Custom Reports in RTG Bills
RTG Bills, our time and billing program for law firms, includes a wide variety of reports, and RTG Reports (a free add-on program) adds even more reports. Nevertheless, you may want a report that is not included with these programs.
We developed the idea of custom reports primarily to handle the need for simplified versions of existing reports. For example, the Matter Ledger shows all of the transactions that give rise to the balance due for a matter. It includes canceled bills, even though they do not affect the balance. Some people asked for a report that did not show the canceled items, so we created a custom report that omits them.
Custom reports can be created for RTG Timer as well. The Fees and Expenses by Timekeeper report can be very long, especially if you enter long descriptions for your fee entries. We created a "brief" version of this report that, among other simplifications, only shows the first line of the description.
Each custom report is based on an existing standard report. Until recently, it was usually not possible to create a custom report with information that was not on the standard report. The current versions of RTG Bills and RTG Timer, however, can create enhanced reports based on some (but not all) standard reports. As an example, we've created a Matter List Plus report that shows the bill format number and rate table number for each matter. These fields are not included on the standard Matter List.
We have now packaged several custom reports and made them available on our Web site. You can download them at no charge from the new Custom Reports page.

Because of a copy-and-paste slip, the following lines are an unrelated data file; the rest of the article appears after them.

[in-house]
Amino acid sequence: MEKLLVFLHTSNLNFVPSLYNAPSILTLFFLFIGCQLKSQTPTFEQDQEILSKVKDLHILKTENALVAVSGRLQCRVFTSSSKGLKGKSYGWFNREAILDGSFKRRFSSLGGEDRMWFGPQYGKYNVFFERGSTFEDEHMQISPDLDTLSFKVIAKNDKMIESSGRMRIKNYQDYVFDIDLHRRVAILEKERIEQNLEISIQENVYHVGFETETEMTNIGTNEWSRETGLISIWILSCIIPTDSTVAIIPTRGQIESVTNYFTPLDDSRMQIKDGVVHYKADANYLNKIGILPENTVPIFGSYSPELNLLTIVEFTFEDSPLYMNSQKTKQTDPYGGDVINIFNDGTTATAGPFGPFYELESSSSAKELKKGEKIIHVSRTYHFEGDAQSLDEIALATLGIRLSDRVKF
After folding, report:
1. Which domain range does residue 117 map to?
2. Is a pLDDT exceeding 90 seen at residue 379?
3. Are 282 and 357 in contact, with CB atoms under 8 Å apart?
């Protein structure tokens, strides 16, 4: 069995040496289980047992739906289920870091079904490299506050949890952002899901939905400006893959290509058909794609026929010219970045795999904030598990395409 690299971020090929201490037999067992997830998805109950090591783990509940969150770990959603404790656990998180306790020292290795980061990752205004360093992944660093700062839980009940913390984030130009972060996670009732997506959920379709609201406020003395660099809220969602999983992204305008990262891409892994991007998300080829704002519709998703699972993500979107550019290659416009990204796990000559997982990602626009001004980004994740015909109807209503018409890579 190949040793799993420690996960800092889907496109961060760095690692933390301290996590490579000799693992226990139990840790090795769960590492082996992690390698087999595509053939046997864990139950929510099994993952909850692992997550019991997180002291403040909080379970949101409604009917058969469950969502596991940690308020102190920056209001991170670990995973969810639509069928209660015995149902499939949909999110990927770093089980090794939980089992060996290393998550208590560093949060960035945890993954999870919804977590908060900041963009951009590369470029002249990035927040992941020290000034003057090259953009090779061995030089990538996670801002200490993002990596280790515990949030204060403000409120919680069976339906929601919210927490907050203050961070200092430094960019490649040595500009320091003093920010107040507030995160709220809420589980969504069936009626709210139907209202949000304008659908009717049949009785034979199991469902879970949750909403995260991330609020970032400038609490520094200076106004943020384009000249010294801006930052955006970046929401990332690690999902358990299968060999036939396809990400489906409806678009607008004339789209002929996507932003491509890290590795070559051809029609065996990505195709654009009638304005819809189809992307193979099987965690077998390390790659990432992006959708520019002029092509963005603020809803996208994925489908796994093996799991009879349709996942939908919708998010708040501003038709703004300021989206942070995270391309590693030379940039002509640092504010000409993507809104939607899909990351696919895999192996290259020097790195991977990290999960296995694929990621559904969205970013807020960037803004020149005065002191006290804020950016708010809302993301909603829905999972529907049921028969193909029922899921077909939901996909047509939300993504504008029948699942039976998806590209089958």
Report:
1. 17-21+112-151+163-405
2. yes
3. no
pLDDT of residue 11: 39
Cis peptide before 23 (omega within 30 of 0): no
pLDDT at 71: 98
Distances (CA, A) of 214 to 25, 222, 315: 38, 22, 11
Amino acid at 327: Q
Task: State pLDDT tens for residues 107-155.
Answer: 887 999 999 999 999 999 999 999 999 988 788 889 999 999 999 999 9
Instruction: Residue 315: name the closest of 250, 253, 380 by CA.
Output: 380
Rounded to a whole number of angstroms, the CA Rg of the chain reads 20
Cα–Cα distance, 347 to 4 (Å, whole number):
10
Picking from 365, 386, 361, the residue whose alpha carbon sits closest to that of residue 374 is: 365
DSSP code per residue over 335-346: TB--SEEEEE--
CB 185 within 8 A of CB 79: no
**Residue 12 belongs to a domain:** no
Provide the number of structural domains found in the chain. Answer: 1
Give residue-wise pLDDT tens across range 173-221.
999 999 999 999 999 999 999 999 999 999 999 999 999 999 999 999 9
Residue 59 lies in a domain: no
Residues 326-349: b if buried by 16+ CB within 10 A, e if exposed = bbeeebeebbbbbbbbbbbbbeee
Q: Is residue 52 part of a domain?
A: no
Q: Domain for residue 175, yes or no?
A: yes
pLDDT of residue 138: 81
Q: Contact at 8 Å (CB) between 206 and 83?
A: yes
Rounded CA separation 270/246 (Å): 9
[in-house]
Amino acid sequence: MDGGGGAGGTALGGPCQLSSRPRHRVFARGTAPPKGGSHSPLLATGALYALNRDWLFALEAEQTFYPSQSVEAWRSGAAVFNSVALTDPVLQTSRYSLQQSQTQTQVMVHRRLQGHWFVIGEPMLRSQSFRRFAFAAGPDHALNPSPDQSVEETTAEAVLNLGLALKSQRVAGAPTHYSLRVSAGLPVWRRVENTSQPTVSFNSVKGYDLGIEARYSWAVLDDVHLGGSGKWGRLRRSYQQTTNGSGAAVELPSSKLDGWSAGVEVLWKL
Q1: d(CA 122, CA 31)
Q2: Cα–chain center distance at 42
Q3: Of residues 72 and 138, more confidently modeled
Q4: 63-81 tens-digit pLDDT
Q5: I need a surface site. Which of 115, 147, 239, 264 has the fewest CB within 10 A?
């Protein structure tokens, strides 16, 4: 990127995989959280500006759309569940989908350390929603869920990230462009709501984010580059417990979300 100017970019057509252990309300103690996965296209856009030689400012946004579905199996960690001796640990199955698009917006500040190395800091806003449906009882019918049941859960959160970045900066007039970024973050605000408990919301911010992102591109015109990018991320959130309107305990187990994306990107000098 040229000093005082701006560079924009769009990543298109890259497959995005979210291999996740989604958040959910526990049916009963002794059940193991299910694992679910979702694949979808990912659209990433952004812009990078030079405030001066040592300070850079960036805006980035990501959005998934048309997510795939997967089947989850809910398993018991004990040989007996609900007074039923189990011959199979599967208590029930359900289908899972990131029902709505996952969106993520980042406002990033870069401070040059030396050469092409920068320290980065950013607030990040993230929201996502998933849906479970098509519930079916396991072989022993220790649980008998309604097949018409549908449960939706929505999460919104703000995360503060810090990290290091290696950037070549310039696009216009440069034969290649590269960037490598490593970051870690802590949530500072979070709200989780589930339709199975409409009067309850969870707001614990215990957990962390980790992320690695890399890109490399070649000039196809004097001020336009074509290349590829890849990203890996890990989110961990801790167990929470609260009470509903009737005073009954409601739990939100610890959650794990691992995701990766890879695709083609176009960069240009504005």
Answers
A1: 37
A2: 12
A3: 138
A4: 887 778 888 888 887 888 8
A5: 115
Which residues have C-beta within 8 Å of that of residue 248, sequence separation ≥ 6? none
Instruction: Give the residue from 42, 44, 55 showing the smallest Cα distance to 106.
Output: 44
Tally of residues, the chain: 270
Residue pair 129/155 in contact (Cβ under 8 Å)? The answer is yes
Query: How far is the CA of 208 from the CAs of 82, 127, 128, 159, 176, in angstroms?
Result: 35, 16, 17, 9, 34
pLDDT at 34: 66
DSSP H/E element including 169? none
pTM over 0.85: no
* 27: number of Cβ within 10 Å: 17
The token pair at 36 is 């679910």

RTG Bills lets you hide a client. A hidden client doesn't appear on the client list that is used to select a client, so this feature lets you reduce the size of the list by hiding inactive clients.
The Client List, a report, continues to show hidden clients, which makes this feature less useful than it might otherwise be. When the next version of RTG Bills is released, however, we will make available a custom report that excludes hidden clients.
Actually, there are no "hidden matters" in RTG Bills, but closing a matter serves much the same purpose. The main reason for closing a matter is to prevent the entry of new transactions for that matter. However, an additional effect of closing a matter is to remove it from the matter list that is used to select a matter (after you select a client). In that sense, a closed matter is similar to a hidden client.
Many reports in RTG Bills are organized by matter, and usually they can be limited to a single matter or a range of matters. However, there has been no way to exclude closed matters. The next version of RTG Bills will provide this option, as you can see from this window:
The new checkbox, Include Closed Matters, lets you decide whether or not the report will show closed matters.
One point about closed matters is sometimes confusing. Closing a matter does not prevent RTG Bills from creating bills for that matter. If you don't want bills to print, even though there is a balance due, then change the Billing Cycle to Hold. Normally, however, you would keep the matter open until the client pays the balance due or you write it off by entering an adjustment. Then you print a bill showing the balance due is zero and close the matter. No further bills will print.
We have always discouraged people from deleting matters. When a matter is deleted from RTG Bills, all the information related to that matter is removed. Report totals will no longer include the work done on the matter, nor will they include the payments received.
We realize that sometimes a matter is created by mistake and people don't like to keep it in the database. You can delete such matters. But if it is a real matter, with fees and payments, you should not delete it.